Bangalore Dairy in a spot as foot and mouth disease spreads
Bangalore Dairy, facing a tough time to contain the epidemic, suspects that the foot and mouth disease might have developed a new strain, which might endanger lives of wild animals in Bannerghatta National Park. The dead cattle include 196 cows, 12 buffaloes and 67 calves above six months of age.
Bangalore Milk Union Limited (Bamul) Managing Director Dr P Gurulingaiah said the virus of foot and mouth disease displays a strange character of developing a new strain. To confirm its suspicion, Karnataka Milk Federation (KMF) has sent blood samples of cattle suffering from the disease to Veterinary College, Hebbal and Hyderabad-based Indian Immunologicals Limited.
Dr Gurulingaiah and Bamul Chairperson C Manjunath explained the steps taken by KMF to contain the epidemic among cattle. “This time, along with calves, grown-up cattle are also dying, mysteriously. Most of those dead are milk-yielding cows. The animals are dying due to stress resulting in haemorrhagic septicaemia (HS),” Dr Gurulingaiah said.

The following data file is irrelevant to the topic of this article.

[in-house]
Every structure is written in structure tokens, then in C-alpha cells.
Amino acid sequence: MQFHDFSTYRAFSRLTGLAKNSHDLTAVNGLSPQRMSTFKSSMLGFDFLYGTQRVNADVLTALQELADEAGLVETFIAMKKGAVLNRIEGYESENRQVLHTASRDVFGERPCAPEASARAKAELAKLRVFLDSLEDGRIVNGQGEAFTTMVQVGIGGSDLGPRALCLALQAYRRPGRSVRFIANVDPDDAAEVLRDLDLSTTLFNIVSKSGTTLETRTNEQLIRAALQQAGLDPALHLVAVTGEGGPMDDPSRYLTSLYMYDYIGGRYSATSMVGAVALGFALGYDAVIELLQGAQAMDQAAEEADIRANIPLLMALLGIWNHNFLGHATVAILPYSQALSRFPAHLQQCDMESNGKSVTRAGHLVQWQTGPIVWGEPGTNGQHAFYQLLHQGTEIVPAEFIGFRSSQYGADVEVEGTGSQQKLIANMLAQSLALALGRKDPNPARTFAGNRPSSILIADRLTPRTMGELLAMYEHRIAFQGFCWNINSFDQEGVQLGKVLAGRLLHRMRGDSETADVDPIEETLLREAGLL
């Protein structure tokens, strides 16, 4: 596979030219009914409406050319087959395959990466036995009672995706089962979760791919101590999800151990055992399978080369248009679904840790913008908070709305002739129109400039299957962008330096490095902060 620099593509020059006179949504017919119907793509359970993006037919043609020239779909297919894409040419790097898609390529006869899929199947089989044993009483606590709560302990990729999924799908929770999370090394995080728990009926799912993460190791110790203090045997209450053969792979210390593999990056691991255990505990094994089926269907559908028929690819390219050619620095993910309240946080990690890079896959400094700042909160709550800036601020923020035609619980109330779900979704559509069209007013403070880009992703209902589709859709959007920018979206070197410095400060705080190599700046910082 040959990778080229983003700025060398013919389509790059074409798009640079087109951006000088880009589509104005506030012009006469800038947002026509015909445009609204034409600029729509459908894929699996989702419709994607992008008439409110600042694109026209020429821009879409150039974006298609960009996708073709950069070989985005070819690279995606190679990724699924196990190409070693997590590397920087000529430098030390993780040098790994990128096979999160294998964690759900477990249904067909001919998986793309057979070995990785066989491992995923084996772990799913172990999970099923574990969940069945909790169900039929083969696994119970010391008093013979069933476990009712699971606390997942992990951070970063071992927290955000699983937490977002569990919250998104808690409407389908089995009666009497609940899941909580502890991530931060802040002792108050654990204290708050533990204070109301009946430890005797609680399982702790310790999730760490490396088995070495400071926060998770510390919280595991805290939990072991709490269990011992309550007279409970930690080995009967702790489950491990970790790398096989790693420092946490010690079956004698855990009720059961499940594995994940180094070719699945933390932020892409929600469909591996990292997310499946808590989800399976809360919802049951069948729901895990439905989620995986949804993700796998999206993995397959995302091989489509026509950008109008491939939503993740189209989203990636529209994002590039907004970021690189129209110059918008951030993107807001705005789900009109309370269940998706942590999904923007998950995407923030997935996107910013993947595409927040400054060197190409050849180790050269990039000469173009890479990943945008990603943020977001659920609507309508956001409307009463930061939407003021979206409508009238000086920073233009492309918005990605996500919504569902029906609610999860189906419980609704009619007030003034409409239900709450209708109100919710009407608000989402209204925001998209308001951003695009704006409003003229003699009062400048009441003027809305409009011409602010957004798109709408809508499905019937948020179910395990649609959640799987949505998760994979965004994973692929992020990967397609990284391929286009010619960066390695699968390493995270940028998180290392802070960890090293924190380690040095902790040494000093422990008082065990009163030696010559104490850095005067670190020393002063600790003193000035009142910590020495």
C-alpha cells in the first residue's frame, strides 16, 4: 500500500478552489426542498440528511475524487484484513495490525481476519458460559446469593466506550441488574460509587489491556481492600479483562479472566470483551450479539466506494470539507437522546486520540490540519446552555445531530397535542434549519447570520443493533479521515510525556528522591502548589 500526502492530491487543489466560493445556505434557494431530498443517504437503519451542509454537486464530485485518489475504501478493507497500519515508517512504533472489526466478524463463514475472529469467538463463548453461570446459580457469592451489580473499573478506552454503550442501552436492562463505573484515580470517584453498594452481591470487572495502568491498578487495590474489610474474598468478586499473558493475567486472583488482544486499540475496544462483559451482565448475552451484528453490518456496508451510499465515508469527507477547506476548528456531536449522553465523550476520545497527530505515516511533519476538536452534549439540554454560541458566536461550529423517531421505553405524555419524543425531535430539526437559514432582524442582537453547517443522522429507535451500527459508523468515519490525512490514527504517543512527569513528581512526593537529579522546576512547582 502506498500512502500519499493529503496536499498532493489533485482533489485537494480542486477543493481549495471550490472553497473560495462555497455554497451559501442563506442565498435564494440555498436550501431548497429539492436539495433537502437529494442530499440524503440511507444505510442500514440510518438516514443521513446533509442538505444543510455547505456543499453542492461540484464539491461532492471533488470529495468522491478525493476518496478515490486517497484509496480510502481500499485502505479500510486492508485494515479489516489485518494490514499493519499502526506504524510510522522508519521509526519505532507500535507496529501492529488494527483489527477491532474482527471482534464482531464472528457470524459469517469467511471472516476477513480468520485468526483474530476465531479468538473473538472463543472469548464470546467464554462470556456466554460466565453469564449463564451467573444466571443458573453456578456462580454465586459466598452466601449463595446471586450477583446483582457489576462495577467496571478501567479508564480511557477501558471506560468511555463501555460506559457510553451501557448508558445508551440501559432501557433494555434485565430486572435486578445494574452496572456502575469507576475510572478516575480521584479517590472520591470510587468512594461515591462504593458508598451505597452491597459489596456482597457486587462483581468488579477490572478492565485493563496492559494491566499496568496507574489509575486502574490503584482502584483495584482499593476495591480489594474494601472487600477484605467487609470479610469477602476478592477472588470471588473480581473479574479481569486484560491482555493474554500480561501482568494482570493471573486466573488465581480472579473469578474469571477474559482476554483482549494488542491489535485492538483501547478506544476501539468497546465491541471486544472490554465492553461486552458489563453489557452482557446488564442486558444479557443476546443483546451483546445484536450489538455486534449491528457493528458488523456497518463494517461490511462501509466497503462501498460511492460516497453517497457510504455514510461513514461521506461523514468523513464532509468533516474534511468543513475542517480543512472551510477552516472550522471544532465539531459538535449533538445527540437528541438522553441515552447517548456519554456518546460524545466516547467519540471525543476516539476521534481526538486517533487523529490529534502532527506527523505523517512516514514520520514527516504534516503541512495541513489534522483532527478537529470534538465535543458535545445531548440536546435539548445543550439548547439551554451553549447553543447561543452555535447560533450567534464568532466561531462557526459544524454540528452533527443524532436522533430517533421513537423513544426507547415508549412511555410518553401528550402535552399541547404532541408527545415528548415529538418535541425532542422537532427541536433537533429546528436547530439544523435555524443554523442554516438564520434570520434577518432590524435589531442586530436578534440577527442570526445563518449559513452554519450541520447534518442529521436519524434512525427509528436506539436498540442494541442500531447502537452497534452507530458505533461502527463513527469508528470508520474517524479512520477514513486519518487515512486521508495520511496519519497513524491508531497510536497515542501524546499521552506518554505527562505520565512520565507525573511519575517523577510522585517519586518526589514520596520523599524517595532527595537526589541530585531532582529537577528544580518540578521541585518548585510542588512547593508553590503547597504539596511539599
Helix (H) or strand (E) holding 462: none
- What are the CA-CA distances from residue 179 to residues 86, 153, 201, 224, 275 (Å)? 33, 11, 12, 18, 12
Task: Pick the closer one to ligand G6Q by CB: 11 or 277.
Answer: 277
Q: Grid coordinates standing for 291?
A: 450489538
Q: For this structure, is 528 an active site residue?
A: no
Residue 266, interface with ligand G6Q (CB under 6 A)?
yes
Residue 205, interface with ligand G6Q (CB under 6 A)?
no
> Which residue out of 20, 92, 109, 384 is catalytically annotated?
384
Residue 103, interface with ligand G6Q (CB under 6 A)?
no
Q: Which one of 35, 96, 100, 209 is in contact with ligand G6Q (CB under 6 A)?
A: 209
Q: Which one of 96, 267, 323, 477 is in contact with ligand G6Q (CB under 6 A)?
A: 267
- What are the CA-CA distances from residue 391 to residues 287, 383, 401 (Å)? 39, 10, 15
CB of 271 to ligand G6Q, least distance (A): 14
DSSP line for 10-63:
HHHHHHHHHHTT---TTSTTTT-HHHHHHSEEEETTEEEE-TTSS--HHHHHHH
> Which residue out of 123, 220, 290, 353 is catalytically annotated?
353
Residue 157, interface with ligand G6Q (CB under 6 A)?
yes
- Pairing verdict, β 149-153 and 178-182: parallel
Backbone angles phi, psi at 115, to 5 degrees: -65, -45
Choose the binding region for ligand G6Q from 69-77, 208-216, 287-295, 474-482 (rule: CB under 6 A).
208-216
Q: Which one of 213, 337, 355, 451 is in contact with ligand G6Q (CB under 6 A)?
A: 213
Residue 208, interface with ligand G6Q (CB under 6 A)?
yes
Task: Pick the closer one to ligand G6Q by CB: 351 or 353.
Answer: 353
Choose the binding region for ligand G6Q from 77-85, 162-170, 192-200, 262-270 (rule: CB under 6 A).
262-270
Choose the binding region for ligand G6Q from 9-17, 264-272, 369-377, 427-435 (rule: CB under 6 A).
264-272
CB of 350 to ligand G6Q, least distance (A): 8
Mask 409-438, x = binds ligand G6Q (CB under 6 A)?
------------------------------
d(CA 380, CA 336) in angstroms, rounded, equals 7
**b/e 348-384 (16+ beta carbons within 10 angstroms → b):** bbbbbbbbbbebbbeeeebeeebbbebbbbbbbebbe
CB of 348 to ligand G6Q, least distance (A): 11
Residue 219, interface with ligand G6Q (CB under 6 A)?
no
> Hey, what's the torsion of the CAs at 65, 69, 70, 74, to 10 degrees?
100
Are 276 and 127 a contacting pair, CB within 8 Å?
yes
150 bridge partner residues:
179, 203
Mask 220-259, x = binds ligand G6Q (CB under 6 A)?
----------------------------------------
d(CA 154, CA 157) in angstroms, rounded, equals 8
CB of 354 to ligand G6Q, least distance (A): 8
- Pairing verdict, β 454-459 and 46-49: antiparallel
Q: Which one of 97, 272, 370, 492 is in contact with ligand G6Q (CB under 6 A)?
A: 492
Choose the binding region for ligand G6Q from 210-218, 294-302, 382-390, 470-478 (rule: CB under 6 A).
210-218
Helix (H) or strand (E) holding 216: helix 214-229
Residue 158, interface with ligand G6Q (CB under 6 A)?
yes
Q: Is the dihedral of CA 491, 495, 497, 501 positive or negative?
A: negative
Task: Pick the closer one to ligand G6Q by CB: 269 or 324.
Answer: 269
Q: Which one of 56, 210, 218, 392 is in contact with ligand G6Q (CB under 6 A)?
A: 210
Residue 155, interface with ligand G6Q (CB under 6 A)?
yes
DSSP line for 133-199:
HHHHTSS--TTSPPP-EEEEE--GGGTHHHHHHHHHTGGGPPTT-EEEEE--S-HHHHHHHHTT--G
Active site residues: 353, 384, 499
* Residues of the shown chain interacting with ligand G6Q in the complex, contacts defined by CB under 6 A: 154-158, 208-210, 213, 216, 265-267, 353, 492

He said the department has vaccinated three lakh cattle to contain this epidemic, which spreads rapidly through air and saliva, adding that potassium permanganate, zinc oxide, borax powder and washing soda are being supplied to 1,919 dairy societies for 5.67 lakh cattle.
He said the cattle have been insured and that the insurance company pays Rs 40,000 for the death of each cattle, Rs 6,000 for each calf above three months and Rs 3,000 for calf aged below three months. This apart, Bangalore Dairy has paid Rs 7.39 crore to the insurance company. Bangalore Dairy is in touch with the State government and is providing information to Disease Surveillance Cell.